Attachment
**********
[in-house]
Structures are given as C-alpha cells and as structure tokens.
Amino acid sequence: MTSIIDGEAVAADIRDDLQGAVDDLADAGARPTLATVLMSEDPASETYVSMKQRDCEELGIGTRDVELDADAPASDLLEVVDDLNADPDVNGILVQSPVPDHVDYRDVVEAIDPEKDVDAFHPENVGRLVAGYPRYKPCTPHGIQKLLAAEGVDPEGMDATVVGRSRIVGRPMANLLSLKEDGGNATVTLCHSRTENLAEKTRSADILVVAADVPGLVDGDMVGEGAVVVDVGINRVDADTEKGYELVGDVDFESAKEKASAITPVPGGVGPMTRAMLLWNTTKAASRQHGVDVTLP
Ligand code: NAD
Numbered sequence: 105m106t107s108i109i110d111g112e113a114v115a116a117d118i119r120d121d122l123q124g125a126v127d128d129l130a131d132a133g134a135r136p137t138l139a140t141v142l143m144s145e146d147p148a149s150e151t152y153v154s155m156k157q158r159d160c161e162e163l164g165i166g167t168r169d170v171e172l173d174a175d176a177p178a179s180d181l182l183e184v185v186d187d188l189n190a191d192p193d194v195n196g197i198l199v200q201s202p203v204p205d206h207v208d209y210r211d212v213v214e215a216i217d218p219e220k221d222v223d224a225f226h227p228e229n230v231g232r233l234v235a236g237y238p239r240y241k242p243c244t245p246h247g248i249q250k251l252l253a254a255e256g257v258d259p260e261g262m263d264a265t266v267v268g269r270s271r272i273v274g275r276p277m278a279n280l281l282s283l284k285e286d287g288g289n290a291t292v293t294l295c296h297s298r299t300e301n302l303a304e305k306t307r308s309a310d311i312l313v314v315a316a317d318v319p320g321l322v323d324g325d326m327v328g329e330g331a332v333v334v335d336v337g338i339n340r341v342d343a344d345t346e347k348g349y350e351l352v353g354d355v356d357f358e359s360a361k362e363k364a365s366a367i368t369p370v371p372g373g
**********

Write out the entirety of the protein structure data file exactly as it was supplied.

[in-house]
Structures are given as C-alpha cells and as structure tokens.
Amino acid sequence: MTSIIDGEAVAADIRDDLQGAVDDLADAGARPTLATVLMSEDPASETYVSMKQRDCEELGIGTRDVELDADAPASDLLEVVDDLNADPDVNGILVQSPVPDHVDYRDVVEAIDPEKDVDAFHPENVGRLVAGYPRYKPCTPHGIQKLLAAEGVDPEGMDATVVGRSRIVGRPMANLLSLKEDGGNATVTLCHSRTENLAEKTRSADILVVAADVPGLVDGDMVGEGAVVVDVGINRVDADTEKGYELVGDVDFESAKEKASAITPVPGGVGPMTRAMLLWNTTKAASRQHGVDVTLP
Ligand code: NAD
Numbered sequence: 105m106t107s108i109i110d111g112e113a114v115a116a117d118i119r120d121d122l123q124g125a126v127d128d129l130a131d132a133g134a135r136p137t138l139a140t141v142l143m144s145e146d147p148a149s150e151t152y153v154s155m156k157q158r159d160c161e162e163l164g165i166g167t168r169d170v171e172l173d174a175d176a177p178a179s180d181l182l183e184v185v186d187d188l189n190a191d192p193d194v195n196g197i198l199v200q201s202p203v204p205d206h207v208d209y210r211d212v213v214e215a216i217d218p219e220k221d222v223d224a225f226h227p228e229n230v231g232r233l234v235a236g237y238p239r240y241k242p243c244t245p246h247g248i249q250k251l252l253a254a255e256g257v258d259p260e261g262m263d264a265t266v267v268g269r270s271r272i273v274g275r276p277m278a279n280l281l282s283l284k285e286d287g288g289n290a291t292v293t294l295c296h297s298r299t300e301n302l303a304e305k306t307r308s309a310d311i312l313v314v315a316a317d318v319p320g321l322v323d324g325d326m327v328g329e330g331a332v333v334v335d336v337g338i339n340r341v342d343a344d345t346e347k348g349y350e351l352v353g354d355v356d357f358e359s360a361k362e363k364a365s366a367i368t369p370v371p372g373g